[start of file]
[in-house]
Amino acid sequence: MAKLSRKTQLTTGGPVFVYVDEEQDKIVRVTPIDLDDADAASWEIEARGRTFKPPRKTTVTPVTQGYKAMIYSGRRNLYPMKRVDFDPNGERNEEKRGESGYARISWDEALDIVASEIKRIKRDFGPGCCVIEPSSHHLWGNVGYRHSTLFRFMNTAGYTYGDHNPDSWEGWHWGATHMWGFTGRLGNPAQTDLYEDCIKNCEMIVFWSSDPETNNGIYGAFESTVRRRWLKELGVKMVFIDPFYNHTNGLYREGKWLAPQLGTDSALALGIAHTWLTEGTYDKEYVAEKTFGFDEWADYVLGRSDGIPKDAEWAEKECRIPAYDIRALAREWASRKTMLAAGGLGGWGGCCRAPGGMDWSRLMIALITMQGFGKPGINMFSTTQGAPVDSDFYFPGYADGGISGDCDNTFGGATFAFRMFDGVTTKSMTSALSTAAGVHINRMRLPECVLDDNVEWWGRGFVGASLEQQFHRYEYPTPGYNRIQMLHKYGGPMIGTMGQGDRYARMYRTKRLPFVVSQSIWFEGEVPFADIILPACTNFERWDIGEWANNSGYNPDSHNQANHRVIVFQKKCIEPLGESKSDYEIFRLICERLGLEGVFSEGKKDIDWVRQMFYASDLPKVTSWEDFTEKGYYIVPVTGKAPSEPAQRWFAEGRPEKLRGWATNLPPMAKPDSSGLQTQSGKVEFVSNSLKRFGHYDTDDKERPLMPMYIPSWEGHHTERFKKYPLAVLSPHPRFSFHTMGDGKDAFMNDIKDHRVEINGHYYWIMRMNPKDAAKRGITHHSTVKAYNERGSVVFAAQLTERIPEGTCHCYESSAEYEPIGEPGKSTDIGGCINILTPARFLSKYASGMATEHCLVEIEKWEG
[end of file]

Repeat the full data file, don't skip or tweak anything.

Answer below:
[in-house]
Amino acid sequence: MAKLSRKTQLTTGGPVFVYVDEEQDKIVRVTPIDLDDADAASWEIEARGRTFKPPRKTTVTPVTQGYKAMIYSGRRNLYPMKRVDFDPNGERNEEKRGESGYARISWDEALDIVASEIKRIKRDFGPGCCVIEPSSHHLWGNVGYRHSTLFRFMNTAGYTYGDHNPDSWEGWHWGATHMWGFTGRLGNPAQTDLYEDCIKNCEMIVFWSSDPETNNGIYGAFESTVRRRWLKELGVKMVFIDPFYNHTNGLYREGKWLAPQLGTDSALALGIAHTWLTEGTYDKEYVAEKTFGFDEWADYVLGRSDGIPKDAEWAEKECRIPAYDIRALAREWASRKTMLAAGGLGGWGGCCRAPGGMDWSRLMIALITMQGFGKPGINMFSTTQGAPVDSDFYFPGYADGGISGDCDNTFGGATFAFRMFDGVTTKSMTSALSTAAGVHINRMRLPECVLDDNVEWWGRGFVGASLEQQFHRYEYPTPGYNRIQMLHKYGGPMIGTMGQGDRYARMYRTKRLPFVVSQSIWFEGEVPFADIILPACTNFERWDIGEWANNSGYNPDSHNQANHRVIVFQKKCIEPLGESKSDYEIFRLICERLGLEGVFSEGKKDIDWVRQMFYASDLPKVTSWEDFTEKGYYIVPVTGKAPSEPAQRWFAEGRPEKLRGWATNLPPMAKPDSSGLQTQSGKVEFVSNSLKRFGHYDTDDKERPLMPMYIPSWEGHHTERFKKYPLAVLSPHPRFSFHTMGDGKDAFMNDIKDHRVEINGHYYWIMRMNPKDAAKRGITHHSTVKAYNERGSVVFAAQLTERIPEGTCHCYESSAEYEPIGEPGKSTDIGGCINILTPARFLSKYASGMATEHCLVEIEKWEG